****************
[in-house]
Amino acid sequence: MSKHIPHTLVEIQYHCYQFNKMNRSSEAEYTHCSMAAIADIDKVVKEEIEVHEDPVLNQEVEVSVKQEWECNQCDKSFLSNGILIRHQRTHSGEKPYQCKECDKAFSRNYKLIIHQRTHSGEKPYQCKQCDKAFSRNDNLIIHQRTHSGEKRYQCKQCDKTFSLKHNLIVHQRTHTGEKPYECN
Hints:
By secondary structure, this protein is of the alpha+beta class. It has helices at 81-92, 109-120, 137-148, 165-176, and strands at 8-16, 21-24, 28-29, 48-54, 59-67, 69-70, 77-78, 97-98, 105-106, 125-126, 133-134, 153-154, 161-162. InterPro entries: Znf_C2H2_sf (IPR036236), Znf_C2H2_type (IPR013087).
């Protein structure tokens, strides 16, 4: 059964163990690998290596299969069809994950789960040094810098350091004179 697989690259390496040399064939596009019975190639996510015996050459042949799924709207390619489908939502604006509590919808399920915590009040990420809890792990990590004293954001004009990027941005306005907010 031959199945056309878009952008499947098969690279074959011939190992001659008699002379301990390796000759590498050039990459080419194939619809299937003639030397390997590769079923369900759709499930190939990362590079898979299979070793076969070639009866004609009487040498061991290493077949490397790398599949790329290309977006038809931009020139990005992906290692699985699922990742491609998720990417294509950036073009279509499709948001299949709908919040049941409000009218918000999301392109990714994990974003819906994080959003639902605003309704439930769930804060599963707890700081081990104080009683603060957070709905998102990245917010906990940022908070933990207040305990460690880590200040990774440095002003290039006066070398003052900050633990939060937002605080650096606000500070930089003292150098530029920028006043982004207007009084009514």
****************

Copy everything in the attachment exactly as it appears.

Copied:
[in-house]
Amino acid sequence: MSKHIPHTLVEIQYHCYQFNKMNRSSEAEYTHCSMAAIADIDKVVKEEIEVHEDPVLNQEVEVSVKQEWECNQCDKSFLSNGILIRHQRTHSGEKPYQCKECDKAFSRNYKLIIHQRTHSGEKPYQCKQCDKAFSRNDNLIIHQRTHSGEKRYQCKQCDKTFSLKHNLIVHQRTHTGEKPYECN
Hints:
By secondary structure, this protein is of the alpha+beta class. It has helices at 81-92, 109-120, 137-148, 165-176, and strands at 8-16, 21-24, 28-29, 48-54, 59-67, 69-70, 77-78, 97-98, 105-106, 125-126, 133-134, 153-154, 161-162. InterPro entries: Znf_C2H2_sf (IPR036236), Znf_C2H2_type (IPR013087).
């Protein structure tokens, strides 16, 4: 059964163990690998290596299969069809994950789960040094810098350091004179 697989690259390496040399064939596009019975190639996510015996050459042949799924709207390619489908939502604006509590919808399920915590009040990420809890792990990590004293954001004009990027941005306005907010 031959199945056309878009952008499947098969690279074959011939190992001659008699002379301990390796000759590498050039990459080419194939619809299937003639030397390997590769079923369900759709499930190939990362590079898979299979070793076969070639009866004609009487040498061991290493077949490397790398599949790329290309977006038809931009020139990005992906290692699985699922990742491609998720990417294509950036073009279509499709948001299949709908919040049941409000009218918000999301392109990714994990974003819906994080959003639902605003309704439930769930804060599963707890700081081990104080009683603060957070709905998102990245917010906990940022908070933990207040305990460690880590200040990774440095002003290039006066070398003052900050633990939060937002605080650096606000500070930089003292150098530029920028006043982004207007009084009514």